Saturday night, the Caps will get their first crack at the Carolina Hurricanes, who knocked them out in the first round of the playoffs last season. This game is also the first one that comes after the Caps whittled their roster down after the first round of cuts, which included Caps 2019 draft picks Connor McMichael and Aliaksei Protas.

The Caps will face the Hurricanes in the regular season on October 5 at Capital One Arena in their home opener.


What: Washington Capitals vs. Carolina Hurricanes

Where: Capital One Arena, Washington, D.C.

When: Saturday, September, 21, 7:00 p.m. ET

TV Channel: Capitals-Hurricanes preseason game will be broadcast on NBC Sports Washington. (NBC Sports Washington channel Finder)

Live Stream: You can watch the Capitals-Hurricanes preseason game on NBC Sports Washington's live stream page.

Radio: Caps Radio 24/7


Quick Links

I Am The Prospect: Capitals' prospect Alex Alexeyev is focused on one goal - making the roster

I Am The Prospect: Capitals' prospect Alex Alexeyev is focused on one goal - making the roster

Alex Alexeyev is the third Washington Capitals' prospect featured in NBC Sports Washington's I Am The Prospect series. Click here to check out more profiles from I am The Prospect.

Like most prospective NHL players, Alex Alexeyev dreams of the day he gets to lift the Stanley Cup over his head.

“It’s the best league in the world," Alexeyev said. "In childhood, they (are) always dreaming about raising that Stanley Cup. It’s my dream too.”

Standing at 6-foot, 3.5-inches tall, the 19-year-old from St. Petersburg, Russia, was the Capitals' last pick of the first round in the 2018 NHL Draft.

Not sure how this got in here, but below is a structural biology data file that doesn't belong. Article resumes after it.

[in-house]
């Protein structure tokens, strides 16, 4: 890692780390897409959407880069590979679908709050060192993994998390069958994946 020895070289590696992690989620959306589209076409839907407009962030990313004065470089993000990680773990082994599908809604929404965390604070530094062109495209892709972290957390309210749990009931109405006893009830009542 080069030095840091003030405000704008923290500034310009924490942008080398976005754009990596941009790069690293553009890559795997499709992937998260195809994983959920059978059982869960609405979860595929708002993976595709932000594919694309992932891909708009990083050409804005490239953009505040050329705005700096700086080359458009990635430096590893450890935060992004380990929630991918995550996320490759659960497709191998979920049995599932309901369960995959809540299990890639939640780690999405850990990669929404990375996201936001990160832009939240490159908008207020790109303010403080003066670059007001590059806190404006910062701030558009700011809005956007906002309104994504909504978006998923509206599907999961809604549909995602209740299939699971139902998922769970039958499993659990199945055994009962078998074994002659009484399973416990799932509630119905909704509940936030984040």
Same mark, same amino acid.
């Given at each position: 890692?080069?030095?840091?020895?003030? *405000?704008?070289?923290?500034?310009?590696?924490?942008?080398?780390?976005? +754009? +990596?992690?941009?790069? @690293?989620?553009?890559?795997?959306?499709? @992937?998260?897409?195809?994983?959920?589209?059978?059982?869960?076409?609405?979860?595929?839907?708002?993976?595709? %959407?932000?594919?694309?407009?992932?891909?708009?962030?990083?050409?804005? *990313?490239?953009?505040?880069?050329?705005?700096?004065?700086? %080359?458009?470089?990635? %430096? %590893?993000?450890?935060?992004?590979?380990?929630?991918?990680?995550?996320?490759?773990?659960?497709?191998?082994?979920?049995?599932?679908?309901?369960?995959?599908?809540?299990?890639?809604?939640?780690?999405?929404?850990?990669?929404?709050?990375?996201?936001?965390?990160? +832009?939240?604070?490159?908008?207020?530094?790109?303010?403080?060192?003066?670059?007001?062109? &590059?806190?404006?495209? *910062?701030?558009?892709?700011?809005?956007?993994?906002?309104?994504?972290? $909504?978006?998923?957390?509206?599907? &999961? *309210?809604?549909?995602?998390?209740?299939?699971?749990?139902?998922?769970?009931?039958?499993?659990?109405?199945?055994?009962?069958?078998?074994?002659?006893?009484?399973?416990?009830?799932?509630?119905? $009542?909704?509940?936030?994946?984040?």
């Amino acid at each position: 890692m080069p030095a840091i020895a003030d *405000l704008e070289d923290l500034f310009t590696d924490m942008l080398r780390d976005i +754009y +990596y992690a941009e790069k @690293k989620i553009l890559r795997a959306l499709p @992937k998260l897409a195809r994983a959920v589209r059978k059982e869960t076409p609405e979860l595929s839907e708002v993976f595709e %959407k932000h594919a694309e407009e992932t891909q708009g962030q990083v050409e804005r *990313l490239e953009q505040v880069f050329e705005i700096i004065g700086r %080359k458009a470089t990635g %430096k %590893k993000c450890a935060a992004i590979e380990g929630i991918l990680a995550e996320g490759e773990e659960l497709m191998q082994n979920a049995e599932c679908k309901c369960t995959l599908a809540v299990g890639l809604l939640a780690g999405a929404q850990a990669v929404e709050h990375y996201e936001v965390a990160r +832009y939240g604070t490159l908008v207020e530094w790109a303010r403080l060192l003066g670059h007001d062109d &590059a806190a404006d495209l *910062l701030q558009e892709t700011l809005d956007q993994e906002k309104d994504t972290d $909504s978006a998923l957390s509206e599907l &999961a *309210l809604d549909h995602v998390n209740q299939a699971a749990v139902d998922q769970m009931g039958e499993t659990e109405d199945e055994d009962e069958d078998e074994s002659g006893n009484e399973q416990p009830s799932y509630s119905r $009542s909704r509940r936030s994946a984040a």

“He’s an untapped resource," Capitals head coach Todd Reirden said. "I was really impressed with him last year, seeing him for the first time."

Alexeyev's journey to the big leagues began three years ago when he made the move from Russia to North America, earning a spot on the top pair of the Red Deer Rebels' roster in Red Deer, Alberta, Canada. It was there in March of this past year that he sustained a "scary" knee injury, almost certainly sidelining him for the time being.

“I was scared and I felt like something (was) definitely wrong with my knee but after some time where I figured out, everyone figured out that it’s not that scary,” Alexeyev said.

Alexeyev rebounded quickly, rehabbing his injury with the Capitals' AHL affiliate, the Hershey Bears.

“The injuries, it’s too bad, but players do get injured and that’s something that can’t be helped, Capitals assistant general manager, Ross Mahoney said. "But he had a really good first half of the season with the Red Deer and exceptional World Junior Tournament, the under-20 tournament.” 

Since then, Alexeyev was a standout at the Caps' Developmental Camp in June.

“He just looks like he’s at a different level than the rest of the kids both physically and ability to play," Capitals general manager Brian MacLellan said. "He’s big, he’s strong, he’s got a good skill level, he moves the puck well, he seems to have a good attitude a good work ethic, I’m excited to see him in training camp and see his progression here as the year goes on.

With the loss of Capitals' veteran defensemen Matt Niskanen and Brooks Orpik, Alexeyev is focused on making the Caps' 2019-20 roster.

“Alex is a really intelligent player," Mahoney said. "I think he’s got great vision on the ice. He has that ability also to be very patient with the puck.”